Building sustainably means consuming less water
As global warming disrupts the water cycle through a succession of droughts and flooding, one question arises – will we run out of water one day? This is a valid concern, since human activities are only adding to this water stress. So how can we use this resource more sustainably in the construction sector?
Construction and water scarcity
There is a good reason we call the Earth the “blue planet”. Composed of 70% water, our beautiful world reminds us what a precious and essential resource it is – and one we must preserve. And yet our Earth is thirsty. According to the WHO (World Health Organization), one in three people in the world today do not have access to drinking water. And two-thirds of the world’s population will face water shortages by 2025, according to the United Nations.
Among the regions of the world most affected by this water stress are the Near East, the Middle East, Africa and Asia, as they suffer increasingly intense periods of drought. The paradox is that while three billion people experience a severe lack of water, others act as if this resource were inexhaustible. It is not… Water stress needs to be taken very seriously. In 2019, the World Economic Forum even identified the phenomenon as one of the greatest risks facing the world in the coming years. This is the result of increasingly violent climatic episodes, which permanently degrade our water reserves and exacerbate global social inequalities. And the situation is likely to worsen, as some experts expect the planet to become more than two degrees warmer by 2040. So, are we heading for a water shortage? Many experts are sounding the alarm, especially in the industrial and construction sectors, both of which consume large quantities of water.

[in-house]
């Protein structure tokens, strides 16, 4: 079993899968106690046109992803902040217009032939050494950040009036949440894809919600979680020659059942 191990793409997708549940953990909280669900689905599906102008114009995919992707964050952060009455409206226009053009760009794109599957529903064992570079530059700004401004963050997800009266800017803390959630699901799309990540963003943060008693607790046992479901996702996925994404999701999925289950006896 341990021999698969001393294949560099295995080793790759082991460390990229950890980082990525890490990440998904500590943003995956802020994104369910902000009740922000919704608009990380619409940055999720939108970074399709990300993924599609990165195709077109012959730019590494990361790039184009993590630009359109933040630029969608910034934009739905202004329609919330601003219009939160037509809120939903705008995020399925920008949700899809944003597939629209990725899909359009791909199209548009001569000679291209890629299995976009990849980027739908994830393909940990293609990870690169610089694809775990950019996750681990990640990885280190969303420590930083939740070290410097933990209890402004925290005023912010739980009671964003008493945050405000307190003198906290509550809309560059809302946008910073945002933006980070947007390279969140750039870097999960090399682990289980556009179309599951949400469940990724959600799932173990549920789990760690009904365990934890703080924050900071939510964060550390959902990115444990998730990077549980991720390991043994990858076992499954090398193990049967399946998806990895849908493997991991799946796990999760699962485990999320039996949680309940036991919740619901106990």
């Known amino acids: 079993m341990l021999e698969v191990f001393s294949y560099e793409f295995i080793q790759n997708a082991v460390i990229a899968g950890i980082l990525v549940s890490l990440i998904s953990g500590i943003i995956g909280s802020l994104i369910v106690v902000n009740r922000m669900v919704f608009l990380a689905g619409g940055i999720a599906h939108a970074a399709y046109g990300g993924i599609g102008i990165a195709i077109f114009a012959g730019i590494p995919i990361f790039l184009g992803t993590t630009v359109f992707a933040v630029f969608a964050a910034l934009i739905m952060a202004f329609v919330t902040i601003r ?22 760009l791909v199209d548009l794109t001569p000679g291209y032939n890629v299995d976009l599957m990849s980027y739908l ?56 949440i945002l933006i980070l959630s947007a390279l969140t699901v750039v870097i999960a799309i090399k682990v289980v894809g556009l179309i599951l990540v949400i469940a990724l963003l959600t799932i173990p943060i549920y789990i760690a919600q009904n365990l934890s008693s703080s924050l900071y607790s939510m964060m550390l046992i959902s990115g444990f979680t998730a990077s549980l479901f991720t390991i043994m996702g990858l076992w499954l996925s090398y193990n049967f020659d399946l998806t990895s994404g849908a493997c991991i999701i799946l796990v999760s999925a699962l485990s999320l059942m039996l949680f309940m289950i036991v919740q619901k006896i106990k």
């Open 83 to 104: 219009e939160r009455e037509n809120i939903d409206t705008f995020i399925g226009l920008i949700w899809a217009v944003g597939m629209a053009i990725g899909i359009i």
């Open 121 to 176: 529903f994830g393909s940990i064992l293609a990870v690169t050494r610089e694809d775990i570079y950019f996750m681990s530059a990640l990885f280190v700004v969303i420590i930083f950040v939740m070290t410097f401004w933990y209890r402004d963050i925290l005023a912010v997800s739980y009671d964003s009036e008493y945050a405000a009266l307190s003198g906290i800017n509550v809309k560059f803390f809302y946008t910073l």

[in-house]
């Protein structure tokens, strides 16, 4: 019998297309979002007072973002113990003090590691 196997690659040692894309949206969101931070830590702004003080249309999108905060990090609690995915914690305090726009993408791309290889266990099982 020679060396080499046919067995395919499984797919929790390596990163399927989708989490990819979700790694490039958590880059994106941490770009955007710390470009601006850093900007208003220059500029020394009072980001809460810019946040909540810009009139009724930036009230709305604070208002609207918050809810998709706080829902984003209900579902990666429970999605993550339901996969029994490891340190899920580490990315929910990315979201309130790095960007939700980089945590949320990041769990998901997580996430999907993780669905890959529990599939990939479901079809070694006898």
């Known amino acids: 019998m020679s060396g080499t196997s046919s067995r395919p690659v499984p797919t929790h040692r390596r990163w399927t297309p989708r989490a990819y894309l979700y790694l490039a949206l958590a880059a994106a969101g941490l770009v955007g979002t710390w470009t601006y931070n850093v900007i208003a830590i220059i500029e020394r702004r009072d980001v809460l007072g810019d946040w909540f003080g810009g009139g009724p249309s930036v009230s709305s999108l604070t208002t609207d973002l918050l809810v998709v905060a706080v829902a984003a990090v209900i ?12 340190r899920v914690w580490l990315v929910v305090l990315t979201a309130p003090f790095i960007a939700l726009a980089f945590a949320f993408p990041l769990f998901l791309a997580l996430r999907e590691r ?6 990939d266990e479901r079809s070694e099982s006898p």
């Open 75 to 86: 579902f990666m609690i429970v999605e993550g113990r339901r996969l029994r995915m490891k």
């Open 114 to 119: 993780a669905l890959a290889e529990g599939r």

Dry or wet construction?
From materials design to concrete production and use on worksites, construction consumes a lot of water. Too much. Yet to be truly sustainable, our construction sectors need to promote water resilience, both in their design and their uses. So how do we achieve this?